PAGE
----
A RECURRING question after every budget presentation is the extent to which it caters to the needs of the man in the street, as opposed to the rich.
In truth, the interests of the two demographics need not be in conflict.
In theory, there is a symbiotic relationship between alleviating poverty and stimulating commerce. In practice, the issue is whether a government has got the balance right.
That is the question which remains outstanding, notwithstanding Finance Minister Colm Imbert’s lengthy budget on Monday. It is a question the Government must answer during the budget debate.
Though Mr Imbert made some effort to provide relief to ordinary citizens through his focus on VAT and food prices, it is equally true many of the measures announced were so opaque or vague they all but suggest there might be a sting in the tail.
The perception that the budget is one that benefits the wealthy more than it benefits ordinary citizens – despite Mr Imbert’s assurances that the Government would focus on taxing those who most can afford it – is not without merit.
Many of the “goodies” announced relate to businesses or start-ups. For example, the reduction in the tax rate will benefit a group of about 500 exporters. The stimulus for small and medium enterprises will benefit tech companies and construction outfits. Manufacturers will also gain from incentives.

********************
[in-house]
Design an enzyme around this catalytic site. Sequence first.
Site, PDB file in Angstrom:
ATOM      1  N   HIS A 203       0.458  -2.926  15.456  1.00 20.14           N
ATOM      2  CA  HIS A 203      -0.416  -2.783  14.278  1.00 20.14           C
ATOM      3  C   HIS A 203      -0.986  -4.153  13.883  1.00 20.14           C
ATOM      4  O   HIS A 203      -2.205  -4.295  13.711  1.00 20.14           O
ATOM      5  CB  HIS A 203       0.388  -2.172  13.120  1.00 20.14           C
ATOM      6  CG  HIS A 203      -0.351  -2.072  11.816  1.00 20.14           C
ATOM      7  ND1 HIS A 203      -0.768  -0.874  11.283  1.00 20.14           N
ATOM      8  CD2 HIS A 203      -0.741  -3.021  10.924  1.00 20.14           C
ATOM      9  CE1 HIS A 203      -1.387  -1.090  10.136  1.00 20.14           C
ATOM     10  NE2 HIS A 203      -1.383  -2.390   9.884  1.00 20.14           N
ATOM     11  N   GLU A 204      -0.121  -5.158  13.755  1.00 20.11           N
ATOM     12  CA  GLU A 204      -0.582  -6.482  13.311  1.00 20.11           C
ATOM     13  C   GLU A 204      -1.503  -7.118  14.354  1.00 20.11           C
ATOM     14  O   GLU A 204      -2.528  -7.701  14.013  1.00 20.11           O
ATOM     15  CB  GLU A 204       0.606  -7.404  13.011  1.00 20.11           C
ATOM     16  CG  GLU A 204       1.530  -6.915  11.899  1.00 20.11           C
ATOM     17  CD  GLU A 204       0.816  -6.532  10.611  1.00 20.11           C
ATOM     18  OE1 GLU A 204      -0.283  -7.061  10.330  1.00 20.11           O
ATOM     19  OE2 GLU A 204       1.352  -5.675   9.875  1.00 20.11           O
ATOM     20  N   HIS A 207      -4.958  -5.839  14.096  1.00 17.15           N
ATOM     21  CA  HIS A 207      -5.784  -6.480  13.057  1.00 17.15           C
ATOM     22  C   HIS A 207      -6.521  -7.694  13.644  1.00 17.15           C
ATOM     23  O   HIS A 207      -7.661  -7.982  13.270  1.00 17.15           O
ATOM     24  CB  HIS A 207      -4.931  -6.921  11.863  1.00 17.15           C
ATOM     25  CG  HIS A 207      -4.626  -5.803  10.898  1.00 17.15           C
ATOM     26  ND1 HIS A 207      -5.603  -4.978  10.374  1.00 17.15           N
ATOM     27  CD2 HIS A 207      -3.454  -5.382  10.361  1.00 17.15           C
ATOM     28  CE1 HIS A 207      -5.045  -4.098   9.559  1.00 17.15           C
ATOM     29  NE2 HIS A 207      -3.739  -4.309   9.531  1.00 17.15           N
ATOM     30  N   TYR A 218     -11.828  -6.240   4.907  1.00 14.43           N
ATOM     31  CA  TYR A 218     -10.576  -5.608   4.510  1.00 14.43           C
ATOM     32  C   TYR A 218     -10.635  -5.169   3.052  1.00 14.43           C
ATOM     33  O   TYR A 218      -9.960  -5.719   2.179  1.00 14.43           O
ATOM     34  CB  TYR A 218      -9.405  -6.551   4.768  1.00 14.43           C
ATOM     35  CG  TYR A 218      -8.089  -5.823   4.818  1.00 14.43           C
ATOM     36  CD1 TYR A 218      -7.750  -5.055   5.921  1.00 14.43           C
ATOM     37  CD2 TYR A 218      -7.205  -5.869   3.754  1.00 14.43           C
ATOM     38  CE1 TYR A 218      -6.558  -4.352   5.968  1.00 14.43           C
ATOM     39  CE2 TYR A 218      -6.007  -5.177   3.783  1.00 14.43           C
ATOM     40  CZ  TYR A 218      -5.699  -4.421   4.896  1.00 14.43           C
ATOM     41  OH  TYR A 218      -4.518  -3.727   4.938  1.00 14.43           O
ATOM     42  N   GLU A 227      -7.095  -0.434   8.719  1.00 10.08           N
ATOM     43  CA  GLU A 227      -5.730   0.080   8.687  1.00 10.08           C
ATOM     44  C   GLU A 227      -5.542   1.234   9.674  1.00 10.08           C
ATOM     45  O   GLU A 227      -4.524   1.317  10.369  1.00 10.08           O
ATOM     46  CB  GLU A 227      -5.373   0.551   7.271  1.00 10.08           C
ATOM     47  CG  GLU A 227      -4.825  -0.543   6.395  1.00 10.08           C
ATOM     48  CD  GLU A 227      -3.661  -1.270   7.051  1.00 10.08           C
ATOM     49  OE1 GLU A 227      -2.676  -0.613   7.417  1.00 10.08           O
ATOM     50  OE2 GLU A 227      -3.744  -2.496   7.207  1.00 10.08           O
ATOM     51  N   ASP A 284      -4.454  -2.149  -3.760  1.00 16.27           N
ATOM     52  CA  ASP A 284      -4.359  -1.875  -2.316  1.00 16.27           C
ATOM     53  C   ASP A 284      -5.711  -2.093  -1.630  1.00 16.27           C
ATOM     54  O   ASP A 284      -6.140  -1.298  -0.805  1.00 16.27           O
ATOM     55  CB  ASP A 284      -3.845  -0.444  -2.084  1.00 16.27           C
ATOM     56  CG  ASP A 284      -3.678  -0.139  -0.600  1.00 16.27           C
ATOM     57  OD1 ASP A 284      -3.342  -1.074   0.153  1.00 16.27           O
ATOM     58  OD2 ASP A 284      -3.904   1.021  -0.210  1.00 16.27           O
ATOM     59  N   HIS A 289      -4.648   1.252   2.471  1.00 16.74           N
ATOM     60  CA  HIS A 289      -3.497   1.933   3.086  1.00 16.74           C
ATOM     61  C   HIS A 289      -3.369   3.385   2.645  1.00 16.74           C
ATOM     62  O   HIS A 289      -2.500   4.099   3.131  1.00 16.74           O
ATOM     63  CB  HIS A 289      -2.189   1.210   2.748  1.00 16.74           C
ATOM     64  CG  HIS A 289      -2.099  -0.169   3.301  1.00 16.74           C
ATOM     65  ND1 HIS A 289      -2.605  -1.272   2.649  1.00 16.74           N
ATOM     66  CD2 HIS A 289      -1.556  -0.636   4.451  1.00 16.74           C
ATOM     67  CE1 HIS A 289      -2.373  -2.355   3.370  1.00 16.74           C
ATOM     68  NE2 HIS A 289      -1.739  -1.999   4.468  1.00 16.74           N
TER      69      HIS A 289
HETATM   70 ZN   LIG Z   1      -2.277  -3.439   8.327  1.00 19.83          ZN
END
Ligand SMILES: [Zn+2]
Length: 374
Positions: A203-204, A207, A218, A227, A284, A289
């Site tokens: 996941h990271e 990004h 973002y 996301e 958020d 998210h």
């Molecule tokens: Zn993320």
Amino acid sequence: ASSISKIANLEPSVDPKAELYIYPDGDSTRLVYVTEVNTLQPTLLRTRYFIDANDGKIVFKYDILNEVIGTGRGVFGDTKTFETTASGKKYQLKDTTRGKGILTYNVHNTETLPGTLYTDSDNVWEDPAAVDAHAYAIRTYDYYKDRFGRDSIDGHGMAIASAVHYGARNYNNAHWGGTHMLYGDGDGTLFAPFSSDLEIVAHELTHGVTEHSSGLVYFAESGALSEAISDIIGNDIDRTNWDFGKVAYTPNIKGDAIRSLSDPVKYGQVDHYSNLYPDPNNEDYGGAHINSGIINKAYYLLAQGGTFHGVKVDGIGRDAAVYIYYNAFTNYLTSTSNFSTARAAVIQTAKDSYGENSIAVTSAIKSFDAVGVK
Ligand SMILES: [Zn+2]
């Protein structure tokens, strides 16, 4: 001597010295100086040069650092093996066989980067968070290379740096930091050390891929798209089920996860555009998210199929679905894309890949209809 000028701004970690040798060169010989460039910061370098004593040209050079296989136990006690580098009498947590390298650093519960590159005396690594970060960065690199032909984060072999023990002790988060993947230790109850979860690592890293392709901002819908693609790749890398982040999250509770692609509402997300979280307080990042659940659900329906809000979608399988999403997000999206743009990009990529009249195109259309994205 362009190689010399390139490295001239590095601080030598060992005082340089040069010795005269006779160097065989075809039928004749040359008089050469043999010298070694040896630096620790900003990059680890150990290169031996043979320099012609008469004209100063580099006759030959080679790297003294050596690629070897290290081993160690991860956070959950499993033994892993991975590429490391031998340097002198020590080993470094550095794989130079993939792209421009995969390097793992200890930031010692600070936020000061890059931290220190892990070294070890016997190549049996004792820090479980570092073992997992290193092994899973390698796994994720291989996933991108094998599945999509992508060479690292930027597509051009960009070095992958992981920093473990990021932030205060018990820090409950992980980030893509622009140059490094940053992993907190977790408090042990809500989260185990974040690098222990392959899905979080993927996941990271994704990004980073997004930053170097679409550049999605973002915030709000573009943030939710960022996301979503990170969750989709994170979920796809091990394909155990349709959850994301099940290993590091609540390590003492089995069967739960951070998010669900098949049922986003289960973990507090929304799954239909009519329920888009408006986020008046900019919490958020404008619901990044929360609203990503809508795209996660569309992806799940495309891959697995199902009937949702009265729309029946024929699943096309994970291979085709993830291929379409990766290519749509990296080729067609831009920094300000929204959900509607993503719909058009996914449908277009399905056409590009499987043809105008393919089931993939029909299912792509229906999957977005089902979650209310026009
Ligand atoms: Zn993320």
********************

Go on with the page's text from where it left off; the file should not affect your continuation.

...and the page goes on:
But how is the economy to recover if enterprise is not stimulated?
At the same time, the Government did not do itself any favours by beating around the bush when it comes to things such as utility-rate increases.
Mr Imbert clearly foresees increases to water and electricity bills, so much so that he announced rebates that will affect 210,000 households that have bills lower than $300. This sugar-coating cannot conceal the fact that for all remaining households, a hike looms.
The minister must shed further light on this.
At a moment when many are battling the effects of unemployment, facing eviction or on the verge of shuttering their enterprises, we could have done without the extensive rehash of grants administered on a short-term basis months ago (after much red tape and delay for some), or the announcement of the removal of VAT from some basic foods on which no VAT was charged in any case.
How will the additional $200 million allocated for relief be spent?
Without any commitment that relief will be made regular or widened, such measures remain ad-hoc bailouts that pale in comparison with the billion-dollar bailouts the State has provided to huge financial conglomerates over the years.
That other areas remained untouched by the budget – such as pensions – is also notable, though consistent with the need to keep the State’s expenditure profile down.
The Government may not have prioritised one group over the other, but without further details, it risks appearing callous to many who are being left behind.